Hemostatic Activation and Outcome After Recombinant Tissue Plasminogen Activator Therapy for Acute Ischemic Stroke
Background and Purpose— Early thrombolytic therapy with intravenous recombinant tissue plasminogen activator (rtPA) improves clinical outcome in acute ischemic stroke (AIS), but impaired endogenous fibrinolysis, thrombin generation, and vascular injury may hamper the efficacy of thrombolysis. We investigated in an exploratory, post hoc analysis the relationship between hemostatic markers and clinical outcomes among patients included in the National Institute of Neurological Disorders and Stroke (NINDS) rtPA Stroke Study.
Methods— Tissue plasminogen activator (tPA) antigen, thrombin-antithrombin complex (TAT), soluble thrombomodulin, and fibrinogen levels were measured in patients with AIS included in the NINDS rtPA Stroke Study from plasma samples collected at baseline, at 2 hours after treatment, and after 24 hours.
Results— TAT and tPA antigen levels peaked at 2 hours selectively in the rtPA treatment group, whereas fibrinogen levels dropped at 2 hours and remained low after 24 hours (P<0.0001 for interaction effects between time and treatment). At 24 hours, higher levels of tPA antigen were associated with a lower chance of favorable outcome (odds ratio [OR]=0.34; 95% CI, 0.14 to 0.82) selectively in the rtPA group, and higher levels of TAT (OR=1.72; 95% CI, 1.26 to 2.34) in the entire cohort and of thrombomodulin selectively in the rtPA group (OR=4.45; 95% CI, 1.26 to 15.67) were associated with higher 3-month mortality.
Conclusions— Hemostatic activation after AIS appears to be independently associated with clinical outcome in patients treated with rtPA. However, because we have tested for multiple associations, some may have been identified by chance alone and require further confirmatory studies. On the basis of this exploratory analysis, there is a rationale to investigate the safety and efficacy of protocols in which rtPA is complemented by agents that are antithrombotic and enhance fibrinolysis.
Thromboembolic arterial occlusion is the principal underlying cause of acute ischemic stroke (AIS). Early thrombolytic therapy with intravenous recombinant tissue plasminogen activator (rtPA) and successful reperfusion improve clinical outcome.1,2 Impaired endogenous fibrinolysis, thrombin generation, and vascular injury may be involved in failure to achieve reperfusion, artery reocclusion, and risk of hemorrhage, which hamper the efficacy of thrombolysis.2–4 Data on hemostatic markers in AIS and the effect of rtPA therapy are scarce, however, and based on small case series.5,6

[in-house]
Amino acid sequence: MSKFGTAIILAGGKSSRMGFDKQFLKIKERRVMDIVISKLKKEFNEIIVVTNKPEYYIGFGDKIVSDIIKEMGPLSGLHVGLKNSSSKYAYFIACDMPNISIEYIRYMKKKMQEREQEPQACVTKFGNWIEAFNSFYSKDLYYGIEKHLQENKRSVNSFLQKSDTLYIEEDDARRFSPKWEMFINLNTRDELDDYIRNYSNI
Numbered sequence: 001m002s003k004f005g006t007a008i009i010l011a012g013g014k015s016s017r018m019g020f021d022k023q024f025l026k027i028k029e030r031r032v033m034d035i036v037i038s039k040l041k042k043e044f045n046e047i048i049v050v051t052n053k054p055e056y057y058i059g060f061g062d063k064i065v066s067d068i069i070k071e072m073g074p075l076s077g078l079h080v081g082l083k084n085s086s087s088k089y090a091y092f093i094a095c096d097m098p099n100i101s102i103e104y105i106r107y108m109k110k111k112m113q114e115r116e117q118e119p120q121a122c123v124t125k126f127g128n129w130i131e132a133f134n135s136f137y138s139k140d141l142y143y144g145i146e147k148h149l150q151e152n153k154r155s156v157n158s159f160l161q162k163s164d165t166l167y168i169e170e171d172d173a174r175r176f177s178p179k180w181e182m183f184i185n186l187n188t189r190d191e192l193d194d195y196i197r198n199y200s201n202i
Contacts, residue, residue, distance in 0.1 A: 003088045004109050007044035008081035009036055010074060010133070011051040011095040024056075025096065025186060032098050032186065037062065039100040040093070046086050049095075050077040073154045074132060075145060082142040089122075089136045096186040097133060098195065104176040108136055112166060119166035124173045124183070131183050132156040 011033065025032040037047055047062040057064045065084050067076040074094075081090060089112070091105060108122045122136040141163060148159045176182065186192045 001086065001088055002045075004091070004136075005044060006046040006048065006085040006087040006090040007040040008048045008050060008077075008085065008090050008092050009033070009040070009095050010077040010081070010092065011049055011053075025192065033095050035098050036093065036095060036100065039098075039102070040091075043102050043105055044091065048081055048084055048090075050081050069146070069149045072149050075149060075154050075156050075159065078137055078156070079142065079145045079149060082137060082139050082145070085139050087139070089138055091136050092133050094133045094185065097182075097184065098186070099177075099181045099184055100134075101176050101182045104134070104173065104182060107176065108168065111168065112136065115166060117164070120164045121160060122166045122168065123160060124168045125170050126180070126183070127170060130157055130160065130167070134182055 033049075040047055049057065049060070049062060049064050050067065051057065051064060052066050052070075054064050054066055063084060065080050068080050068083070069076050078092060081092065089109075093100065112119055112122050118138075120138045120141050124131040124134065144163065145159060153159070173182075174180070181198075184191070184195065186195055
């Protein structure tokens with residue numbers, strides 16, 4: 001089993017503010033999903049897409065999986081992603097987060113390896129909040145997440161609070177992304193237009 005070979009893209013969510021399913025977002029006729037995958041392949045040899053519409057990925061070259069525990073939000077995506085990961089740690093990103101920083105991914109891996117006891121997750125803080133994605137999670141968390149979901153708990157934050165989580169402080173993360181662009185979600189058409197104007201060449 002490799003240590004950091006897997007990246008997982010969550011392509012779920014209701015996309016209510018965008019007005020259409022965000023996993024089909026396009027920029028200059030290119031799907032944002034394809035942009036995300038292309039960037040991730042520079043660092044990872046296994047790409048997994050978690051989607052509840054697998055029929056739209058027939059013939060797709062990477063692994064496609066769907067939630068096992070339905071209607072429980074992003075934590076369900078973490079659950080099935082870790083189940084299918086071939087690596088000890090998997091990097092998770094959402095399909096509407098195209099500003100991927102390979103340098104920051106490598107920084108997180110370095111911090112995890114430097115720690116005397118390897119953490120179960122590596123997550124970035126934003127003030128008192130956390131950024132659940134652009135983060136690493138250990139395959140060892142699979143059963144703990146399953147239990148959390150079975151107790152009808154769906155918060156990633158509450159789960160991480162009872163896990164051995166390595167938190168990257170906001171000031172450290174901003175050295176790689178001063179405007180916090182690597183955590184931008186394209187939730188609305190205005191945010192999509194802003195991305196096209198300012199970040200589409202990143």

The usefulness of hemostatic markers in affecting clinical outcomes after thrombolysis has been investigated more extensively in patients with acute myocardial infarction (AMI).4,7–10 We undertook to investigate in the National Institute of Neurological Diseases and Stroke (NINDS) rtPA Stroke Trial1 (1) the extent of altered markers of endogenous fibrinolysis, thrombin generation, and endothelial injury in AIS; and (2) the relationship of these markers to outcomes, including response to intravenous rtPA. We hypothesized that markers of impaired endogenous fibrinolysis, increased thrombin generation, and microvascular injury may be linked to poorer stroke outcome and may blunt the clinical response to rtPA therapy.
Subjects and Methods
The NINDS rtPA Stroke Trial consisted of 2 sequential placebo-controlled, randomized, double-blind, multicenter clinical trials.1 Details of the trials’ methodology have been published previously. Detailed clinical, historical, and laboratory data were collected on each patient at baseline, and outcome measures were systematically collected at 2 hours, 24 hours, 7 to 10 days, and 3 months after stroke. Records of adverse events such as death and intracerebral hemorrhage were collected as the event occurred. Definitions of clinical outcomes of interest were similar to those used in prior analyses from this trial.1,11,12
Venous blood samples at baseline, 2 hours, and 24 hours were collected in citrated tubes. Plasma levels of fibrinogen and fibrinogen degradation products (FDP) were determined by a central laboratory (HFHSC, Detroit, Mich) as part of the NINDS rtPA Stroke Trial protocol. The remaining plasma was frozen and stored at −70°C. The stored plasma samples from the 3 time points were used to determine by enzyme immunoassays the levels of the following hemostatic markers: TAT (Dade Behring), tissue plasminogen activator (tPA) antigen (American Bioproducts), and thrombomodulin (Diagnostica Stago). These laboratory tests were performed at the Veterans Affairs Medical Center, Baltimore, Md.